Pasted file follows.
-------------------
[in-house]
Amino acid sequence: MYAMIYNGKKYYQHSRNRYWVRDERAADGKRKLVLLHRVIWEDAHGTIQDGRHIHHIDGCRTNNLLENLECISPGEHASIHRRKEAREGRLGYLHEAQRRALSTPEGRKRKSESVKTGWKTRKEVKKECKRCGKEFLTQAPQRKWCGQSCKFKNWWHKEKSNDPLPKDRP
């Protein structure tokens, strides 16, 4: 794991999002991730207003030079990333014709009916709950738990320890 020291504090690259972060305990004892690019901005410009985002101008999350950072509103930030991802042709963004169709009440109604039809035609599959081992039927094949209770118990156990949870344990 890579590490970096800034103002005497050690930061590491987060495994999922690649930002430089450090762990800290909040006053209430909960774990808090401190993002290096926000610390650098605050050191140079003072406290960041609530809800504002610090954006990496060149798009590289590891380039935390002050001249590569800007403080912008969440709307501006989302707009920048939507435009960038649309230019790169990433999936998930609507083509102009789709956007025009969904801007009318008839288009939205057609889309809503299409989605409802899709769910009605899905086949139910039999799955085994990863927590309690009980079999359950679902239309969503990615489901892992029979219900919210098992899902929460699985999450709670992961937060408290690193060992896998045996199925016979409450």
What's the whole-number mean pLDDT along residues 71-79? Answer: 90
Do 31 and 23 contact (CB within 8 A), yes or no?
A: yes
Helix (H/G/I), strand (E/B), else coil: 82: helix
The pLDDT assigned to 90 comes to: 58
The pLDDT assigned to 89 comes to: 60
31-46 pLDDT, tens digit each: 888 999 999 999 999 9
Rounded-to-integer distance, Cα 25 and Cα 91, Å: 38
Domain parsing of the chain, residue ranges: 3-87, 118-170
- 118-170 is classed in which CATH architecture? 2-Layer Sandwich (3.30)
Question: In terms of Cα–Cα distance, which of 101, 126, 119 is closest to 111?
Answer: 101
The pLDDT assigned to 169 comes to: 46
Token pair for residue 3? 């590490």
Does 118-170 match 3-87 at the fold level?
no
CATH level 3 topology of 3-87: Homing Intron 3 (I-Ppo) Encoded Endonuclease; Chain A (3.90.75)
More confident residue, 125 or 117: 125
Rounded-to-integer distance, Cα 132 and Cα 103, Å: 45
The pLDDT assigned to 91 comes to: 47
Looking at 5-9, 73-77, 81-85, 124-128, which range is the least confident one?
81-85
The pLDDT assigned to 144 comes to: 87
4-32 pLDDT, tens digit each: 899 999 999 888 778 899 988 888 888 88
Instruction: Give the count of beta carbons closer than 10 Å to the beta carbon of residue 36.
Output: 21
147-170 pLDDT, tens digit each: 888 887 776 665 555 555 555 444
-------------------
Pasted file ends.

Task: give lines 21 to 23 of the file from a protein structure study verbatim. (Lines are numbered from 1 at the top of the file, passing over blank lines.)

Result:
More confident residue, 125 or 117: 125
Rounded-to-integer distance, Cα 132 and Cα 103, Å: 45
The pLDDT assigned to 91 comes to: 47